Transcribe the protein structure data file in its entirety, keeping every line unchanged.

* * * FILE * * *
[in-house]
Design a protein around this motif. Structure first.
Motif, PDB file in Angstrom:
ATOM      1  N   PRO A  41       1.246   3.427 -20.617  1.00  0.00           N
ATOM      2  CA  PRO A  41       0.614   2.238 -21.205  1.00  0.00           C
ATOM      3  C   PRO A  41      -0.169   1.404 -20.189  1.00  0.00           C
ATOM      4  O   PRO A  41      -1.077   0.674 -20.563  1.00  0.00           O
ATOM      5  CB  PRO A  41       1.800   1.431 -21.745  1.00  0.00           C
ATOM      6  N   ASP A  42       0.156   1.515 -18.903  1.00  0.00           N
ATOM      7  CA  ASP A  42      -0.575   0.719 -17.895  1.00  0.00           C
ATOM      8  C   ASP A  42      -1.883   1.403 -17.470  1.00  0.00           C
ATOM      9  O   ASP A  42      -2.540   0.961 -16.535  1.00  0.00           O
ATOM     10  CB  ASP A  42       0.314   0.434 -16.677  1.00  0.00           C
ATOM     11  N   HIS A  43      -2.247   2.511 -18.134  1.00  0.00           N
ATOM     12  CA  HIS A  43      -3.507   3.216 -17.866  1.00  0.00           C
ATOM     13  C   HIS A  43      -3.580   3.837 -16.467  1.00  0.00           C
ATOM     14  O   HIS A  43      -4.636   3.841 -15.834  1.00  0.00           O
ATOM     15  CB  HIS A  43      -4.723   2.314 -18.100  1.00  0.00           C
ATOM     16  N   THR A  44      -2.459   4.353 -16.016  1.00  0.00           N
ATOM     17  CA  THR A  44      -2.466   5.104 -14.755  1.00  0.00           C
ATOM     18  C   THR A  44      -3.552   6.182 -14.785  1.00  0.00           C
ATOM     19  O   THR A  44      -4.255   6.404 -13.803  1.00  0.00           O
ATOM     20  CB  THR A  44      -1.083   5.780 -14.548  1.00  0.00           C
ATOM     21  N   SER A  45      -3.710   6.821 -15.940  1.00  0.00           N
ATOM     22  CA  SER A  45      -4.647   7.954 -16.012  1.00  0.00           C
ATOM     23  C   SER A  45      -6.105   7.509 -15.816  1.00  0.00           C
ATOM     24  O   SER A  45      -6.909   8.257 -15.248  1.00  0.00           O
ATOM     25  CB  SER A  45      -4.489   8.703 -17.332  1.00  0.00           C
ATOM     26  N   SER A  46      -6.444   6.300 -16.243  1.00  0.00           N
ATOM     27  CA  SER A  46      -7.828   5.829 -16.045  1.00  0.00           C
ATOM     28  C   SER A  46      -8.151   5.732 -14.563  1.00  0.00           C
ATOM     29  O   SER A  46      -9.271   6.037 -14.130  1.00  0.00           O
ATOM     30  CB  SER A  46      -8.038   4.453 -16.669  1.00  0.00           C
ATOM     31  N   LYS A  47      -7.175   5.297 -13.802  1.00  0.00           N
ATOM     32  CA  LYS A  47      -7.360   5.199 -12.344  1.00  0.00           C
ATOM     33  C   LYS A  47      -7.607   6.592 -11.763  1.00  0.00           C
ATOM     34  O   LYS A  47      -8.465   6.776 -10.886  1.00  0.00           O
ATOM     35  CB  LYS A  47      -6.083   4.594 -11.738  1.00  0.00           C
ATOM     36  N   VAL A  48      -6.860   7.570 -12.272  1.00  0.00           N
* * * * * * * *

[in-house]
Design a protein around this motif. Structure first.
Motif, PDB file in Angstrom:
ATOM      1  N   PRO A  41       1.246   3.427 -20.617  1.00  0.00           N
ATOM      2  CA  PRO A  41       0.614   2.238 -21.205  1.00  0.00           C
ATOM      3  C   PRO A  41      -0.169   1.404 -20.189  1.00  0.00           C
ATOM      4  O   PRO A  41      -1.077   0.674 -20.563  1.00  0.00           O
ATOM      5  CB  PRO A  41       1.800   1.431 -21.745  1.00  0.00           C
ATOM      6  N   ASP A  42       0.156   1.515 -18.903  1.00  0.00           N
ATOM      7  CA  ASP A  42      -0.575   0.719 -17.895  1.00  0.00           C
ATOM      8  C   ASP A  42      -1.883   1.403 -17.470  1.00  0.00           C
ATOM      9  O   ASP A  42      -2.540   0.961 -16.535  1.00  0.00           O
ATOM     10  CB  ASP A  42       0.314   0.434 -16.677  1.00  0.00           C
ATOM     11  N   HIS A  43      -2.247   2.511 -18.134  1.00  0.00           N
ATOM     12  CA  HIS A  43      -3.507   3.216 -17.866  1.00  0.00           C
ATOM     13  C   HIS A  43      -3.580   3.837 -16.467  1.00  0.00           C
ATOM     14  O   HIS A  43      -4.636   3.841 -15.834  1.00  0.00           O
ATOM     15  CB  HIS A  43      -4.723   2.314 -18.100  1.00  0.00           C
ATOM     16  N   THR A  44      -2.459   4.353 -16.016  1.00  0.00           N
ATOM     17  CA  THR A  44      -2.466   5.104 -14.755  1.00  0.00           C
ATOM     18  C   THR A  44      -3.552   6.182 -14.785  1.00  0.00           C
ATOM     19  O   THR A  44      -4.255   6.404 -13.803  1.00  0.00           O
ATOM     20  CB  THR A  44      -1.083   5.780 -14.548  1.00  0.00           C
ATOM     21  N   SER A  45      -3.710   6.821 -15.940  1.00  0.00           N
ATOM     22  CA  SER A  45      -4.647   7.954 -16.012  1.00  0.00           C
ATOM     23  C   SER A  45      -6.105   7.509 -15.816  1.00  0.00           C
ATOM     24  O   SER A  45      -6.909   8.257 -15.248  1.00  0.00           O
ATOM     25  CB  SER A  45      -4.489   8.703 -17.332  1.00  0.00           C
ATOM     26  N   SER A  46      -6.444   6.300 -16.243  1.00  0.00           N
ATOM     27  CA  SER A  46      -7.828   5.829 -16.045  1.00  0.00           C
ATOM     28  C   SER A  46      -8.151   5.732 -14.563  1.00  0.00           C
ATOM     29  O   SER A  46      -9.271   6.037 -14.130  1.00  0.00           O
ATOM     30  CB  SER A  46      -8.038   4.453 -16.669  1.00  0.00           C
ATOM     31  N   LYS A  47      -7.175   5.297 -13.802  1.00  0.00           N
ATOM     32  CA  LYS A  47      -7.360   5.199 -12.344  1.00  0.00           C
ATOM     33  C   LYS A  47      -7.607   6.592 -11.763  1.00  0.00           C
ATOM     34  O   LYS A  47      -8.465   6.776 -10.886  1.00  0.00           O
ATOM     35  CB  LYS A  47      -6.083   4.594 -11.738  1.00  0.00           C
ATOM     36  N   VAL A  48      -6.860   7.570 -12.272  1.00  0.00           N